Parts of D-FW slammed by heavy rainfall, flash flooding

Parts of D-FW slammed by heavy rainfall, flash flooding

Thunderstorms drenched the Dallas-Fort Worth metroplex Monday as a storm system brought a deluge of heavy rain that flooded roadways and submerged cars.

Emergency crews across the region had responded to hundreds of water-related emergencies by midday, though no deaths were immediately reported. But the flooding still wreaked havoc on the Monday morning commutes of thousands, including students across North Texas who recently started school.

Parts of Dallas were forecasted to receive 8 inches of rain. In some areas, the rainfall far exceeded those expectations. One reading near South Dallas and Pleasant Grove captured more than 14 inches of rainfall over the past 24 hours, according to the Dallas Water Utility. Neighborhoods closer to downtown Dallas recorded more than 10 inches of rainfall.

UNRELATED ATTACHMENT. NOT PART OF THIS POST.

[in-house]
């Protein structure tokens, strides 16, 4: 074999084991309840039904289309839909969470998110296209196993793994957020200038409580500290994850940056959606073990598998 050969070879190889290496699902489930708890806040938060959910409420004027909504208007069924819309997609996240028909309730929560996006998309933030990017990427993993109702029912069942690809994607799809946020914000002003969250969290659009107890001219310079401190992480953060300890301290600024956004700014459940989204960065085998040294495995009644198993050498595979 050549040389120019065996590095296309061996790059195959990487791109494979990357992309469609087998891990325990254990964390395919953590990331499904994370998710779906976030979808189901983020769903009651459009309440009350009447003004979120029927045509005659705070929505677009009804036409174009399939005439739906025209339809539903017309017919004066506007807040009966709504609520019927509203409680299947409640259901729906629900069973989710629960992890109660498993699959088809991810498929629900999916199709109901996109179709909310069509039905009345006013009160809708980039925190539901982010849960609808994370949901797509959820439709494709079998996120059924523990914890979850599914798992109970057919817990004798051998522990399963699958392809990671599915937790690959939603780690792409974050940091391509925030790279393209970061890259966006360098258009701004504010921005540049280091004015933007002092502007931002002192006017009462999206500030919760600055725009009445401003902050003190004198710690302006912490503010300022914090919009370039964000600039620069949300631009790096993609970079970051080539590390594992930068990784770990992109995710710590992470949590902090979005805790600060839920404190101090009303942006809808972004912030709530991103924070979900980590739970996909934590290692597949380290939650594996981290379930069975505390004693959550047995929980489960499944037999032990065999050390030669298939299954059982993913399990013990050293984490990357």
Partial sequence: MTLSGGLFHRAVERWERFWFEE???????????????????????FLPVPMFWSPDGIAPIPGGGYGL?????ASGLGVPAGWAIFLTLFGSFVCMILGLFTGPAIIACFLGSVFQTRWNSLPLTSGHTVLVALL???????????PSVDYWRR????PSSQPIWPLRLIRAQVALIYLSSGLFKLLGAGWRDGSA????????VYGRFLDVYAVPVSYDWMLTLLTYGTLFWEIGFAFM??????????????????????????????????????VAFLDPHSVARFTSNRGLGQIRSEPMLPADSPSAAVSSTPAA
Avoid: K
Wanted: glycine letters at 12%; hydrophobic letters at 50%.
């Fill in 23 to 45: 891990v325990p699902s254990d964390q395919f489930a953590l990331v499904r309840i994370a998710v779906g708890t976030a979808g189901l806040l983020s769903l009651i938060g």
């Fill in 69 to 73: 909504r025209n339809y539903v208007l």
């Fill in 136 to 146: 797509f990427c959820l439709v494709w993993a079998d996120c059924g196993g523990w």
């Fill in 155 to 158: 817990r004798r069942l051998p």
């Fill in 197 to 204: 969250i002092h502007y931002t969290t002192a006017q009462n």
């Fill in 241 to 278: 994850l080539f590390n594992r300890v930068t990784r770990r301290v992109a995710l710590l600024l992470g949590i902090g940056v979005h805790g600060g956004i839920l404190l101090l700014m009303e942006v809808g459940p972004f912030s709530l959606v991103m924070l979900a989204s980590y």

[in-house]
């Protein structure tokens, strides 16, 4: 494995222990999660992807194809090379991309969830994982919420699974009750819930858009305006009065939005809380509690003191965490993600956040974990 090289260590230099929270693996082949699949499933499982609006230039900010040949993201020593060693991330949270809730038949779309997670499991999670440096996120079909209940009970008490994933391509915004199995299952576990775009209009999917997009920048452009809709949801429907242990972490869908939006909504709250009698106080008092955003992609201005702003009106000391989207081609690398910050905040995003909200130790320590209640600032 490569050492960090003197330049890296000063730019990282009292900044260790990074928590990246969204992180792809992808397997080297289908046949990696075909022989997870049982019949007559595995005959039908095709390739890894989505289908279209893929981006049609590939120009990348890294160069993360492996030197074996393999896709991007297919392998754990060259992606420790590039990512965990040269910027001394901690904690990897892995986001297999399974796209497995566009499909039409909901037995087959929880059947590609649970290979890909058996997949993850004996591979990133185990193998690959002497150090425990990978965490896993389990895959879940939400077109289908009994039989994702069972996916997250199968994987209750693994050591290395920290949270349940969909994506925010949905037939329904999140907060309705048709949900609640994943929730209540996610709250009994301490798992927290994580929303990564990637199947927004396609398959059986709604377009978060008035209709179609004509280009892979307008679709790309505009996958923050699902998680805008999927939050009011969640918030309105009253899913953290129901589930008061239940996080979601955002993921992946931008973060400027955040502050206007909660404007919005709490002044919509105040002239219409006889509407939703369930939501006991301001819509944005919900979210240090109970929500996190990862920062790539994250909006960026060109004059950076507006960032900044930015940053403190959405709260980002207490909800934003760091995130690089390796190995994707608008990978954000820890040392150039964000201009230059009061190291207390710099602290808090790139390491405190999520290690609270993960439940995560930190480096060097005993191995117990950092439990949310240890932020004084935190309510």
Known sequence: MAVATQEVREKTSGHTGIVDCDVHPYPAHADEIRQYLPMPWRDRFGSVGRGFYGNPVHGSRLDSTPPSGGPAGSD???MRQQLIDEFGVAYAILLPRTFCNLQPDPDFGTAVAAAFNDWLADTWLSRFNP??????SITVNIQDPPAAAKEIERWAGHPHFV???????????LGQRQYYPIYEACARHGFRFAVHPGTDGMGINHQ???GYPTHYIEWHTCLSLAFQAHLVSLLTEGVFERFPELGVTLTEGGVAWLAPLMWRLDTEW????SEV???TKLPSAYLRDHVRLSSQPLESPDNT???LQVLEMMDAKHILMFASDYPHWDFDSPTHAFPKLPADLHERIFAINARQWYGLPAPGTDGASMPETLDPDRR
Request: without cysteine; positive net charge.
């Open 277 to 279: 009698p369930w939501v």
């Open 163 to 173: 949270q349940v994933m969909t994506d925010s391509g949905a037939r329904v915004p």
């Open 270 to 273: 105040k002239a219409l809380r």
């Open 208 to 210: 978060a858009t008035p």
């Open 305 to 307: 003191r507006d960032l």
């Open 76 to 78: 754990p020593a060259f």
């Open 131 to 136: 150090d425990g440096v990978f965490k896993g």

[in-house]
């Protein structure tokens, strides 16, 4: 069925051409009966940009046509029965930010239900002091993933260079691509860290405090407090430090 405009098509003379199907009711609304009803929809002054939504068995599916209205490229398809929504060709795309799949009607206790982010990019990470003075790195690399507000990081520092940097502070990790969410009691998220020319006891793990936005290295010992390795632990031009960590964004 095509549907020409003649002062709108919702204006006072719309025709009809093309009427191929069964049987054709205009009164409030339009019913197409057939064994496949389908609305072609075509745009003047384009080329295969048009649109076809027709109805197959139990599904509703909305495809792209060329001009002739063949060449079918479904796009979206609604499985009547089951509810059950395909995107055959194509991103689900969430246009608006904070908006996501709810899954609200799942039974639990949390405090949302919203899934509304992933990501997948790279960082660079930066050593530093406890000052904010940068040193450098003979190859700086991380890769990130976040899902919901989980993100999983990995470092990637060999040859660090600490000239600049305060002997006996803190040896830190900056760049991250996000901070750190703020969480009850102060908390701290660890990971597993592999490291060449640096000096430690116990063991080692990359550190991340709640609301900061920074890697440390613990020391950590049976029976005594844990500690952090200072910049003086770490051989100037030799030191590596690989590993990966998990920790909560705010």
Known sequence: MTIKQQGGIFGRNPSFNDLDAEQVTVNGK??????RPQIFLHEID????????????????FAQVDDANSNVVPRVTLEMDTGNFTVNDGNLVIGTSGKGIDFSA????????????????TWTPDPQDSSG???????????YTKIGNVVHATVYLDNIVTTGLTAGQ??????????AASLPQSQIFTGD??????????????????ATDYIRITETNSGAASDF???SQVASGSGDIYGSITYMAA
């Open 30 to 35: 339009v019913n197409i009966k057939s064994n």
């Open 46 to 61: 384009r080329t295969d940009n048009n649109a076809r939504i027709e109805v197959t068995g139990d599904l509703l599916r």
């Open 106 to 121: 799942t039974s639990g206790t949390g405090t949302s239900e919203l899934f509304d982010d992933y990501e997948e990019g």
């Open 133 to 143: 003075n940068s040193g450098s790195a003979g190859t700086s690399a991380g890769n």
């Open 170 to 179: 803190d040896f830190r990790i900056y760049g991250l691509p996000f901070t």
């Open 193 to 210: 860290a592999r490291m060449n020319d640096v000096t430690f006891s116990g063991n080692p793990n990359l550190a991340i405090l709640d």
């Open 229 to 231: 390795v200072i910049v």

The National Weather Service issued a flood warning for Dallas County until 4 p.m. Monday. An earlier flash flood warning in Dallas County lapsed at 1 p.m. A flood watch remains in effect until 8 p.m. for parts of North Texas.

At least four people have been taken to hospitals due to weather-related incidents, according to Dallas Fire-Rescue. There are 50 traffic signals either without power or not properly working, the city’s transportation department said.

About 20 roads and bridges have been closed due to high water as of 11:30 a.m. including the Sylvan Avenue Bridge over the Trinity River, Dallas’ emergency management office director Rocky Vaz said. Police are stationed around at least 22 other impacted locations waiting for barricades from public works crews, Vaz said.

“I think we’ve seen the worst of it at this point,” Vaz said. “We don’t expect to see as much rainfall in the coming days. Hopefully everything will drain out before the end of the day and we’ll see what happens in the next couple of rounds of rain.”

Dallas police have responded to almost 470 traffic and water related calls since 6 p.m. Sunday, including 147 calls reporting people stuck in high water. A little more than 100 have been calls related to freeway accidents.